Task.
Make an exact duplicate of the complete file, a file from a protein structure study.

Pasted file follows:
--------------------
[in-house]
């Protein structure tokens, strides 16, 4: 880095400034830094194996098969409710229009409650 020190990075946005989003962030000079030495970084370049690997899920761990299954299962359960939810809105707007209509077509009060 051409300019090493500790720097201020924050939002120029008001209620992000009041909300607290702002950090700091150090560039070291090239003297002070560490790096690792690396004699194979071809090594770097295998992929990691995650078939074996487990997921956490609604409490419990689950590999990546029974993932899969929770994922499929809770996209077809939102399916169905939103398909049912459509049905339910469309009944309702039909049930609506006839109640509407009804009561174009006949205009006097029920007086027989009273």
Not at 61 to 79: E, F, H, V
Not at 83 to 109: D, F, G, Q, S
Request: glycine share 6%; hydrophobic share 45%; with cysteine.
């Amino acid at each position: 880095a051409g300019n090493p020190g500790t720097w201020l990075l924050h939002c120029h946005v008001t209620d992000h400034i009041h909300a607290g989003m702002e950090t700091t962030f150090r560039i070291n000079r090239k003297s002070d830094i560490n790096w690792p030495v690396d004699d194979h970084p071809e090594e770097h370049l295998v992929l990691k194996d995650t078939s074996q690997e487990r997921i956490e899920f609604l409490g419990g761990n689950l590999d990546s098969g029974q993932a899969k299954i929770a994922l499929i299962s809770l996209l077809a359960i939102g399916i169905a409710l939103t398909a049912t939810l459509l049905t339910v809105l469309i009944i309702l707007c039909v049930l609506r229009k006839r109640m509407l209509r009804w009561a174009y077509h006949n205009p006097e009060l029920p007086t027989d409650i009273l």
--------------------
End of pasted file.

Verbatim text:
[in-house]
């Protein structure tokens, strides 16, 4: 880095400034830094194996098969409710229009409650 020190990075946005989003962030000079030495970084370049690997899920761990299954299962359960939810809105707007209509077509009060 051409300019090493500790720097201020924050939002120029008001209620992000009041909300607290702002950090700091150090560039070291090239003297002070560490790096690792690396004699194979071809090594770097295998992929990691995650078939074996487990997921956490609604409490419990689950590999990546029974993932899969929770994922499929809770996209077809939102399916169905939103398909049912459509049905339910469309009944309702039909049930609506006839109640509407009804009561174009006949205009006097029920007086027989009273």
Not at 61 to 79: E, F, H, V
Not at 83 to 109: D, F, G, Q, S
Request: glycine share 6%; hydrophobic share 45%; with cysteine.
């Amino acid at each position: 880095a051409g300019n090493p020190g500790t720097w201020l990075l924050h939002c120029h946005v008001t209620d992000h400034i009041h909300a607290g989003m702002e950090t700091t962030f150090r560039i070291n000079r090239k003297s002070d830094i560490n790096w690792p030495v690396d004699d194979h970084p071809e090594e770097h370049l295998v992929l990691k194996d995650t078939s074996q690997e487990r997921i956490e899920f609604l409490g419990g761990n689950l590999d990546s098969g029974q993932a899969k299954i929770a994922l499929i299962s809770l996209l077809a359960i939102g399916i169905a409710l939103t398909a049912t939810l459509l049905t339910v809105l469309i009944i309702l707007c039909v049930l609506r229009k006839r109640m509407l209509r009804w009561a174009y077509h006949n205009p006097e009060l029920p007086t027989d409650i009273l």